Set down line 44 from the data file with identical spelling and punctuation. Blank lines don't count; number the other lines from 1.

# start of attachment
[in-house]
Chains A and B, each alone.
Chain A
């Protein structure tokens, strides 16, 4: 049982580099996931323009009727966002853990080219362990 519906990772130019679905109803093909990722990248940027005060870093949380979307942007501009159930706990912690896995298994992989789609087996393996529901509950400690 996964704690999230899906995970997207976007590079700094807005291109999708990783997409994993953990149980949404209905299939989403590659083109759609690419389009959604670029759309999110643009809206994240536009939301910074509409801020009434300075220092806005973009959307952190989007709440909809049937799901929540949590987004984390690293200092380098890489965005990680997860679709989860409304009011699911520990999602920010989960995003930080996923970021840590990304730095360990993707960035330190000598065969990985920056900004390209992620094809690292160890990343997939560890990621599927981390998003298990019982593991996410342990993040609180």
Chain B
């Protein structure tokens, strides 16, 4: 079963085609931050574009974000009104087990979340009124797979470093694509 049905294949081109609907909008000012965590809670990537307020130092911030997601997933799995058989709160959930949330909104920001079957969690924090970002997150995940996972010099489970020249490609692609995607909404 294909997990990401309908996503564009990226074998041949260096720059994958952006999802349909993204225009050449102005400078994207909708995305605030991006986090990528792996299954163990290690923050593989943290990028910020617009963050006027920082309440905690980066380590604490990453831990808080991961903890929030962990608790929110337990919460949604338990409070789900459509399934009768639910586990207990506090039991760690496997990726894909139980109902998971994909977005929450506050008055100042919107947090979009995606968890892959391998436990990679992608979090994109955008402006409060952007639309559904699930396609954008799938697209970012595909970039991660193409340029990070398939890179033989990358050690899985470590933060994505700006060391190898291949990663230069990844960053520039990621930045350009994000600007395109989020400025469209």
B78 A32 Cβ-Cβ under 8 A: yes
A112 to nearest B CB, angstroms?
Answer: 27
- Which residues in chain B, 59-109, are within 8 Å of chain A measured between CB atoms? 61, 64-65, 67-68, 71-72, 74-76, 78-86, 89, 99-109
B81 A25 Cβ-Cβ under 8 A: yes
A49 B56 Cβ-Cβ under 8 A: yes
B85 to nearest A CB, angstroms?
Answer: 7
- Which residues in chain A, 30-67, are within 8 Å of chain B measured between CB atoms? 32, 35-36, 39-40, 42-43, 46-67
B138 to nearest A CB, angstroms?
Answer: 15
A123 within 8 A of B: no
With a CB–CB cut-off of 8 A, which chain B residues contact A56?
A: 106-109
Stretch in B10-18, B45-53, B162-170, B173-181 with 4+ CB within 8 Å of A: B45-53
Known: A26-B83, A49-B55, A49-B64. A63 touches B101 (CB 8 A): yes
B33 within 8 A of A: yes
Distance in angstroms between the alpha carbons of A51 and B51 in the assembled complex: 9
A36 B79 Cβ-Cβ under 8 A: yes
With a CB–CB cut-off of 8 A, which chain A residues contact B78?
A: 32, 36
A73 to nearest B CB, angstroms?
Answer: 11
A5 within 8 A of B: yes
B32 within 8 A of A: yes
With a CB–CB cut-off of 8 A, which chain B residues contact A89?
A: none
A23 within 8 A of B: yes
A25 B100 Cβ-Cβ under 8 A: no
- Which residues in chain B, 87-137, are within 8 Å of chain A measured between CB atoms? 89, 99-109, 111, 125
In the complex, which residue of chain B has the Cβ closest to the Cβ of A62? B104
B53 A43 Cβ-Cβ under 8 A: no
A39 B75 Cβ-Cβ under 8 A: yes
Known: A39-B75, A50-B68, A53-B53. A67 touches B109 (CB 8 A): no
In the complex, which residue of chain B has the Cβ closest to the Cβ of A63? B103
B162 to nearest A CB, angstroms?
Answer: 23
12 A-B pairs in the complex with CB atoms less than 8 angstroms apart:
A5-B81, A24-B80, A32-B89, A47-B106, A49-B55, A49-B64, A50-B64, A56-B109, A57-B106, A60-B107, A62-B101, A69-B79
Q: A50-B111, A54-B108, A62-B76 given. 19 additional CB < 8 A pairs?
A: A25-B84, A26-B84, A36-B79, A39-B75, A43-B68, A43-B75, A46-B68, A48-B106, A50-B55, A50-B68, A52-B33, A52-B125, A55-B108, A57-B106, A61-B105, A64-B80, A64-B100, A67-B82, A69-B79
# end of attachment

12 A-B pairs in the complex with CB atoms less than 8 angstroms apart: